Annie Clarke created Mind Body Bowl as a space to share her teaching, recipes and inspiration to help connect people to their own sense of balance. She is all about stepping away from prescriptive ideas and opening the door to a more wholistic approach to health and wellbeing. Annie and her blog gained popularity as she documented her journey from illness and depleted energy to revamping her lifestyle. Today she is a practicing yoga instructor and wellness warrior. We were thrilled to catch up with her on her book Mind Body Bowl. Read on to get the answers on burning questions on workout routines by body type, how to make real, lasting changes in your life and where Annie draws her motivation from.
Mind Body Bowl advocates finding an exercise style that works for you. In your early days of making exercise a regular part of your lifestyle, what was a key motivator that kept you going? Has this changed?
I wanted to feel good both physically and mentally. I wasn’t aspiring to a particular aesthetic goal but seeing my body change had a positive impact on my motivation. Body shape aside, when tied in with a more mindful and balanced diet, moving made me feel good by dramatically increasing my energy levels.
Those are the reasons I still come back to it – moving in whatever way suits me at that time has such a positive impact both physically and mentally. I love to feel strong in both of those ways and moving is a big factor in that.
As an instructor, do you consider yoga to be exercise or a form of meditation?
I came to yoga from a very physical approach. I wanted to stretch my tight hamstrings, get in shape and find a new way to workout. I couldn’t lie still in savasana and had no interest in meditation. Now, even when I practice classes that are more physically demanding, I see my yoga practice as a way to connect to myself. It helps me to come into the present, and just to experience myself fully without judgment or expectation. It’s so wonderful for helping me to understand more about myself and disconnect from all of the distractions around me. Of course there is often a physical side to a yoga practice, but for me it’s the head space that gets me on the mat.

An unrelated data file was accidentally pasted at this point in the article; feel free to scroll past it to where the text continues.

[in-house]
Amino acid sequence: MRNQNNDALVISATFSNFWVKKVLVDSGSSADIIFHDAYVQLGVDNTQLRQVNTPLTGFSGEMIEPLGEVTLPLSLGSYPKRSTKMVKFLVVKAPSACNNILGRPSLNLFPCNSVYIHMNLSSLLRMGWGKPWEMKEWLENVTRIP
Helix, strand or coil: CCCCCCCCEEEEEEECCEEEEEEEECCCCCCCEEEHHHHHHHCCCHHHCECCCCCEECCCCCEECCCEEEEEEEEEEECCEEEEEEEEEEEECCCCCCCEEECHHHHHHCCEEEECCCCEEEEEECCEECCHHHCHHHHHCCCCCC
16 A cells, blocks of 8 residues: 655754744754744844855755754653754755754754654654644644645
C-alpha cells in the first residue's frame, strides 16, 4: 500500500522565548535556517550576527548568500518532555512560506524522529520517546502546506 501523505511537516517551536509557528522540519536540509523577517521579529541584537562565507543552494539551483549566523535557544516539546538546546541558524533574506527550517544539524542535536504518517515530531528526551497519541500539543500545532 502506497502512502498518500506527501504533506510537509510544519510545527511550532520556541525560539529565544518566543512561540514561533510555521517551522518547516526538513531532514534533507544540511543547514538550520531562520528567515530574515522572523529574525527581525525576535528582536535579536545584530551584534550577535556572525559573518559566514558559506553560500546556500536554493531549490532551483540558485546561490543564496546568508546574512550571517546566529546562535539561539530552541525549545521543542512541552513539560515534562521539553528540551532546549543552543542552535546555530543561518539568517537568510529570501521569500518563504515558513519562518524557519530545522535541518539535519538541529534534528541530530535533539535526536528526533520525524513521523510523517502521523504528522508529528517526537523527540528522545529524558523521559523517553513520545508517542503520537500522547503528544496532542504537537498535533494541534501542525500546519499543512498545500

How would you advise someone to choose the most suitable type of yoga for themselves? Are there styles that you think suit a situation (level of stress, fitness, etc.) or personality type better than others? Are there workout routines by body type to follow?
Often we (Londoners) are drawn to very physical, fast paced yoga which is why I started with Bikram! It’s usually because it is more familiar to us, due to the ‘yang’ lifestyles that we lead. On one hand, I think that is great because it’s a pathway into yoga (where stillness is too unfamiliar), but on the other hand it is often the more still or ‘yin’ styles of yoga that would benefit us the most. On workout routines by body type, I think it’s really important to shop around and find something that you enjoy, but also to go back to the classes that you didn’t like because often those are the ones that we need the most. I always recommend that people work with a teacher or do beginners classes if they can to help cement the basics in order to develop a safe practice, but that’s not always possible for everyone. The most important thing is to really listen to your own body and work with what feels good for you.
For those who can’t make it to one of your classes in London and want to try an at home practice, could you recommend a couple of your favourite online instructors?
Definitely, there are so many wonderful online resources! Lots of teachers (including myself!) have YouTube channels where you can watch and practice at home and there are tons of subscription websites too such as YogaGlo. When you’re starting yoga, it’s really important to stay connected to your own body and make sure you’re learning from a qualified teacher. If anything doesn’t feel good, it’s best to wait and talk to a local teacher if you can.
What is your go-to post-workout recipe from your book?
The hemp-protein bars are really good post-workout as you can keep them in your bag and have them on the go. They also make a good snack in general. They’re one of the only recipes that include any sort of ‘fancy’ ingredient but hemp powder lasts for ages and is a really great way to boost your protein intake in smoothies, energy balls or these protein bars.
How do unwind after a long day of teaching others how to unwind?
I’ve never been a big TV watcher but recently I’ve been getting in and turning on the telly, which is definitely not what I would recommend other people to do! I love doing yoga in the evening, especially something like yin, but some days when I’ve been teaching all day I prefer to do something else. I also like to read before bed – and something non-yoga related if I can! I read The Girls recently and really enjoyed picking it up and unwinding. Most importantly I try to stay off social media and emails otherwise I get sucked into work mode right up until bed time. Sometimes I take my own advice and sometimes I don’t manage so well – but it is all a practice. Perfection just doesn’t exist!
Annie’s CONTENT picks: Skin & Tonic Rose Mist | RMS Beauty created ‘Un’Cover-Up in 22 | RMS Beauty Lip2Cheek in Smile | ILIA Mascara in Nightfall | Antipodes Immortal SPF15 Moisturiser
RECIPE: MIND BODY BOWL Hemp Protein Bars
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